The language we use, both casually and deliberately, has proven to have a deeper significance when it comes to the emotional health of ourselves and those around us.

Unless you are living with a disability that dictates otherwise, we – as the human race – choose our words. Sometimes we choose them too quickly, and we haven’t thought about the broader impact they may carry. Sometimes we choose words specifically as a tool to hit a direct emotional target. Regardless of the intention (or lack thereof), at the most microscopic level, our brains and hearts have decided to say the things we do.

Casual use of any discriminatory language, even if not directly being used to dominate or demean another person, can still suggest that the behaviour of using the language is permissible.

This week Jezebel released a fantastic article and video from Wisconsin news anchor Jennifer Livingston, responding to a viewer email which stated:

“It’s unusual that I see your morning show, but I did so for a very short time today. I was surprised indeed to witness that your physical condition hasn’t improved for many years. Surely you don’t consider yourself a suitable example for this community’s young people, girls in particular. Obesity is one of the worst choices a person can make and one of the most dangerous habits to maintain. I leave you this note hoping that you’ll reconsider your responsibility as a local public personality to present and promote a healthy lifestyle.”

Here is Ms. Livingston’s brilliant response:

In the video Ms. Livingston states:

“Now I am a grown woman, and luckily for me, I have a very thick skin — literally, as that email pointed out, and otherwise. That man’s words mean nothing to me. But what really angers me about this is there are children who don’t know better… The internet has become a weapon. Our schools have become a battleground. And this behaviour is learned. It is passed down from people like the man who wrote me that email. If you are at home, and you are talking about the fat newslady, guess what? Your children are probably going to go to school and call someone fat. We need to teach our kids how to be kind, not critical, and we need to do that by example.”

Children have to decipher what’s appropriate or not by navigating the influences of their parents/family, peers, educators, the media and society at large. That’s no easy task, for an extremely impressionable mind. Are you being mindful of the permissions you are subtly granting the children around you?

October marks National Bullying Prevention Month. There are a multitude of organizations, such as GLSEN,GLAADThe Trevor Project, the Born This Way Foundation, who are spending millions of dollars to actively dismantle the bullying culture.

Bullies can be easily identified: they are those that choose language specifically to harm. However, what about those who casually use discriminatory language with no real hurtful intentions?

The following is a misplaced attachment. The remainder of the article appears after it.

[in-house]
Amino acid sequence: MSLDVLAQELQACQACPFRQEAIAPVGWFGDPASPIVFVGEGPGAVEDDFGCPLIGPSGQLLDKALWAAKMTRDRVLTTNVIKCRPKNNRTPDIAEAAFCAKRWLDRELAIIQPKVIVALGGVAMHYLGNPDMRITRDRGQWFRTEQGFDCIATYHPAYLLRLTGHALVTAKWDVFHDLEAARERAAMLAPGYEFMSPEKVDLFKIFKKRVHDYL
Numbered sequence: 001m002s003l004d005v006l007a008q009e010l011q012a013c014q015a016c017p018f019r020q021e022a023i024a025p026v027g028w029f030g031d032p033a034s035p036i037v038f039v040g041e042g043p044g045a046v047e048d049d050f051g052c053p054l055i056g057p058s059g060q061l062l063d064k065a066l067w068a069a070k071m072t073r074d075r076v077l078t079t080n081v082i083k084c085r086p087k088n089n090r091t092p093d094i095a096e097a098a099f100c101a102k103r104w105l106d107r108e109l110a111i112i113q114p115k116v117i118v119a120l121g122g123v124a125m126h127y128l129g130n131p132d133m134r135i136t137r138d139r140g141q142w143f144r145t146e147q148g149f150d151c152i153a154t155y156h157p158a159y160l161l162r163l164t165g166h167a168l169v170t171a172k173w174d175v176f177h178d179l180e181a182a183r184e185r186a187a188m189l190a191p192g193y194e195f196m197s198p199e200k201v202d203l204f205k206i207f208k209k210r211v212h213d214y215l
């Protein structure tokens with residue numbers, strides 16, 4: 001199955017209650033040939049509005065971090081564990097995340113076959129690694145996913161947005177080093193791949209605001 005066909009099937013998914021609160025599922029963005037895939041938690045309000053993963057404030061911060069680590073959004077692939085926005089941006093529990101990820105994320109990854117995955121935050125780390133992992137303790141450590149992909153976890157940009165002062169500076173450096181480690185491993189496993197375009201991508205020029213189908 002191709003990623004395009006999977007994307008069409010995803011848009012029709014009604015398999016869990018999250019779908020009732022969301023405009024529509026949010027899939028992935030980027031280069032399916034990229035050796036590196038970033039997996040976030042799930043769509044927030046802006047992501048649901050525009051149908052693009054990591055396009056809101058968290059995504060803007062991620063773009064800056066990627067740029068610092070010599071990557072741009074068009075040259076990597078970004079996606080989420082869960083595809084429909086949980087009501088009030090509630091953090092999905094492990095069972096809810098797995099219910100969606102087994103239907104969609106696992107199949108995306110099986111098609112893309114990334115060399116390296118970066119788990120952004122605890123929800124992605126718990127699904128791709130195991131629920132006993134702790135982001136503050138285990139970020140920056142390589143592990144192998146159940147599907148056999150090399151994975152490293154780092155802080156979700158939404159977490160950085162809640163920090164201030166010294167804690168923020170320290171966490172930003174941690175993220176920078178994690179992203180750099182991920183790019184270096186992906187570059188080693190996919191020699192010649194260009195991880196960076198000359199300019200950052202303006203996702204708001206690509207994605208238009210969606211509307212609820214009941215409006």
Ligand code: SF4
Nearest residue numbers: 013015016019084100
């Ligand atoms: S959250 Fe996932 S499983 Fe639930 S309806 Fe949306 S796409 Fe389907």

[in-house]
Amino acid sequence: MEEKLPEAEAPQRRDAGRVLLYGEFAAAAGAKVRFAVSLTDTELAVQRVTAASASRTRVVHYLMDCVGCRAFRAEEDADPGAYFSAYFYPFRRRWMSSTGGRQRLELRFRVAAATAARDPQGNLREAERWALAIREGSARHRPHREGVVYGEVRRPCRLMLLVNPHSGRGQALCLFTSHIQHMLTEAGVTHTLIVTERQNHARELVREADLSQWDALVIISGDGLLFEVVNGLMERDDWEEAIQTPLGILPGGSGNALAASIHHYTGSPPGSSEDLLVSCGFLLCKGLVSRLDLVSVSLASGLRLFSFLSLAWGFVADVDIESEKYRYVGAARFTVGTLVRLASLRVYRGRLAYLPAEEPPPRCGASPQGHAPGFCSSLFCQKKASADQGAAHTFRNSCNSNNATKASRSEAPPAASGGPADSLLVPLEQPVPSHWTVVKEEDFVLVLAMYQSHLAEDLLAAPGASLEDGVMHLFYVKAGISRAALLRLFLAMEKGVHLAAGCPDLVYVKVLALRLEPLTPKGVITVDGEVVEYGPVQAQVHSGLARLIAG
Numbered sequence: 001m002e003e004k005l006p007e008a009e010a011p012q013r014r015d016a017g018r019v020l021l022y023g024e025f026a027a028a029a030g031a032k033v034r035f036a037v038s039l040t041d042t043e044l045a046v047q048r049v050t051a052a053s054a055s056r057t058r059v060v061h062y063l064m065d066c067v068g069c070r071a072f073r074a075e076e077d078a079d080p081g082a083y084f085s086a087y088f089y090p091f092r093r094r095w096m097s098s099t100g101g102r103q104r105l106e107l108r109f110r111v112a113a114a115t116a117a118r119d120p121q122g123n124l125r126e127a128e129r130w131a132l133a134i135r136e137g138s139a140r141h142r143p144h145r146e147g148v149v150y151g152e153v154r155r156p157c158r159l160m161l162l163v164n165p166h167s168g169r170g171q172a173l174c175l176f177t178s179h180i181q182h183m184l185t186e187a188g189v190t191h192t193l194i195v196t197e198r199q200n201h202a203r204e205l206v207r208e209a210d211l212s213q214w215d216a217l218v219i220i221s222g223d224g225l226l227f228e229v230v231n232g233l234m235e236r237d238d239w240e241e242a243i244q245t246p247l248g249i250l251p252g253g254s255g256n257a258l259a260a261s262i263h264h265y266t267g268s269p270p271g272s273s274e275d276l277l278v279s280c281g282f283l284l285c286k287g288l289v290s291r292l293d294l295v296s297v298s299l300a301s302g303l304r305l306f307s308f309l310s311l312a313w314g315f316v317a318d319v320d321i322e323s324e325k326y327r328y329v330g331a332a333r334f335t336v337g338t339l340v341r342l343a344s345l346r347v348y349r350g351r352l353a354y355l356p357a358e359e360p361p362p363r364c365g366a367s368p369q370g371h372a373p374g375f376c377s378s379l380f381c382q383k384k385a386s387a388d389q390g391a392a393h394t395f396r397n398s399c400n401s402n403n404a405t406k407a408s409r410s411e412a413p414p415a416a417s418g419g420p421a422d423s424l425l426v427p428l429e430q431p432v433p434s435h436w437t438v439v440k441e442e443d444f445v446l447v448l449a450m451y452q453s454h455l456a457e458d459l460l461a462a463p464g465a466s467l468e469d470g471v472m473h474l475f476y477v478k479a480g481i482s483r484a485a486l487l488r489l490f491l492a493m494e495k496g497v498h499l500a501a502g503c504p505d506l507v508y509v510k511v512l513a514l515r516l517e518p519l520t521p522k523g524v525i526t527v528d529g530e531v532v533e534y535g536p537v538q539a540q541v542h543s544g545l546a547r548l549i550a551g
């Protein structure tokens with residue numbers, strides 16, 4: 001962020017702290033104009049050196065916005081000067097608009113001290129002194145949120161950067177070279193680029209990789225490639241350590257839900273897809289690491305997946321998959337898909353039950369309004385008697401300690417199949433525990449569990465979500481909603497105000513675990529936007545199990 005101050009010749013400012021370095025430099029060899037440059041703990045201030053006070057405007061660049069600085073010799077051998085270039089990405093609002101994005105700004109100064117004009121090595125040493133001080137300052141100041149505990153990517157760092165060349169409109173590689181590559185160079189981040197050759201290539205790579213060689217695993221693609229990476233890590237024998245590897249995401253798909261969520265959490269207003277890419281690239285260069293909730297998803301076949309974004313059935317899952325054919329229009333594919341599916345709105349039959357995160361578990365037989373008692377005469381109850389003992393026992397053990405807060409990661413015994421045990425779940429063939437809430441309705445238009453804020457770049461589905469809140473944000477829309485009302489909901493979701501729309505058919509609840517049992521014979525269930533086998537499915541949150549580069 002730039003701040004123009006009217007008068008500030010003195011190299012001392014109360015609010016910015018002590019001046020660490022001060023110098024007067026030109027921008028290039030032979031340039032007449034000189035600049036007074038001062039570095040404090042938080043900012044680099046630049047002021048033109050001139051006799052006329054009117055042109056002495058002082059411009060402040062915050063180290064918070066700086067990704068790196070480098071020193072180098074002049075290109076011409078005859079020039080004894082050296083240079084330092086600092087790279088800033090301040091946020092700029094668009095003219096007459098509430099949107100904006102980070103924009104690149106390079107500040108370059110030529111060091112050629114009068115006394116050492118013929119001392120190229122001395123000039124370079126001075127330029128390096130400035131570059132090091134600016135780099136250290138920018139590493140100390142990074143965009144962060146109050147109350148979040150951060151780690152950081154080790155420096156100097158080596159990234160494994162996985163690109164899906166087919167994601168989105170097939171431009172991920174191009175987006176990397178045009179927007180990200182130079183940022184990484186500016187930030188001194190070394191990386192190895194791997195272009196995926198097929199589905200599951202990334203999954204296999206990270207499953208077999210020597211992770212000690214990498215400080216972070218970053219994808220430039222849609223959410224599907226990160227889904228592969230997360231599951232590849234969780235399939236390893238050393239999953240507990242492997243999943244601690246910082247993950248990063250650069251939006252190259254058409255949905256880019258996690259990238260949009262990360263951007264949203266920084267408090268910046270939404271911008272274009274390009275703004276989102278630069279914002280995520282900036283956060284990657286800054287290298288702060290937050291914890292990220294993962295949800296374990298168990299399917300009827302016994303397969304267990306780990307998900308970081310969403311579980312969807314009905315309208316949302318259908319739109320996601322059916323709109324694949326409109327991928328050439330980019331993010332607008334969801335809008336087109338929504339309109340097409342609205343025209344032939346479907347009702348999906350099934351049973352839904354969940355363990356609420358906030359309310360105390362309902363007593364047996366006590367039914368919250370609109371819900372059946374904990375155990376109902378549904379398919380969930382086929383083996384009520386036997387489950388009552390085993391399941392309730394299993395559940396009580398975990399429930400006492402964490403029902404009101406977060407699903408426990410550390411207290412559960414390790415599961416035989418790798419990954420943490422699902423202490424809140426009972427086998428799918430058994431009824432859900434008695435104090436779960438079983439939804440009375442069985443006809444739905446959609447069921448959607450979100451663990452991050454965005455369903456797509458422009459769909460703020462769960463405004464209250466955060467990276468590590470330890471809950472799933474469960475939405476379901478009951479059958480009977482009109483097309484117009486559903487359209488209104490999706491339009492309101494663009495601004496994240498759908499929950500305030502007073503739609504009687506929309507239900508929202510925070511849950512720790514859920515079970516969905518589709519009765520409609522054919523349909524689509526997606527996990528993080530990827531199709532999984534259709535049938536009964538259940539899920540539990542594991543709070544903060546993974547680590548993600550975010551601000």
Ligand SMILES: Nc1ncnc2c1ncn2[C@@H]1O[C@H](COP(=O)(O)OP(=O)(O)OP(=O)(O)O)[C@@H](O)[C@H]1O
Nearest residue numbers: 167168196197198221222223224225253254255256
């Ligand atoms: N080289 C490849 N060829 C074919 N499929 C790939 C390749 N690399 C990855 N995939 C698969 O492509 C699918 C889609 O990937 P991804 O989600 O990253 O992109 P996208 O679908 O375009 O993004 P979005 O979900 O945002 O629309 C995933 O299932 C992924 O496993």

I was left a bit dismayed when reading a recent article released from GOOD magazine about the meaning and variety of uses for the word “gay”. When I first came across the article, my initial thought was that I was going to find a piece dedicated to derailing the casual use of the phrase “that’s so gay.”

To my unwanted surprise, the writer suggested the issues that arise from using the term “gay” in a negative connotation, would dissipate should we as a society accept the next shift in language when it comes to the definition of the word. That the casual use of the phrase “that’s so gay” is really just to point out that something is of off-kilter in a negative way, having nothing to do with sexual orientation. The writer cautions that perhaps, just perhaps, gay people are being a touch oversensitive.

It always amazes me when people question “political correctness”. What many deem as “political correctness”, I simply view as very basic respect.

I have a rather simple theory: if I know that there is someone who validly would rather I not use certain terminology as it depicts their demographic in an inferior light, regardless of my intention, I’m not going to use it. Not just “do my best” to remember; I’m going to actively remove the terminology from my lexicon.

De-contextualization is complicated. If this is your goal in using derogatory terminology than what else are you doing to promote your cause? Are you creating petitions? Are you starting a real social movement? Just tossing in the phrase “that’s so gay” in casual conversation is nothing short of lazy.

It’s your right to feel, think and speak any way you choose. But allowing yourself to be verbally harmful intentionally is criminal. Allowing yourself to be unintentionally harmful is truculent. 

“The limits of my language means the limits of my world.– Ludwig Wittegenstein

FYI has launched a running ticker of twitter updates that use the following terms. Between July 5th, 2012 and October 2nd, 2012:

  • The word “Faggot” had been tweeted 2,690,629 times.
  • The phrase “So Gay” had been tweeted 960,073 times.
  • The phrase “No homo” had been tweeted 902,891 times.
  • The term “Dyke” had been tweeted 371,165.


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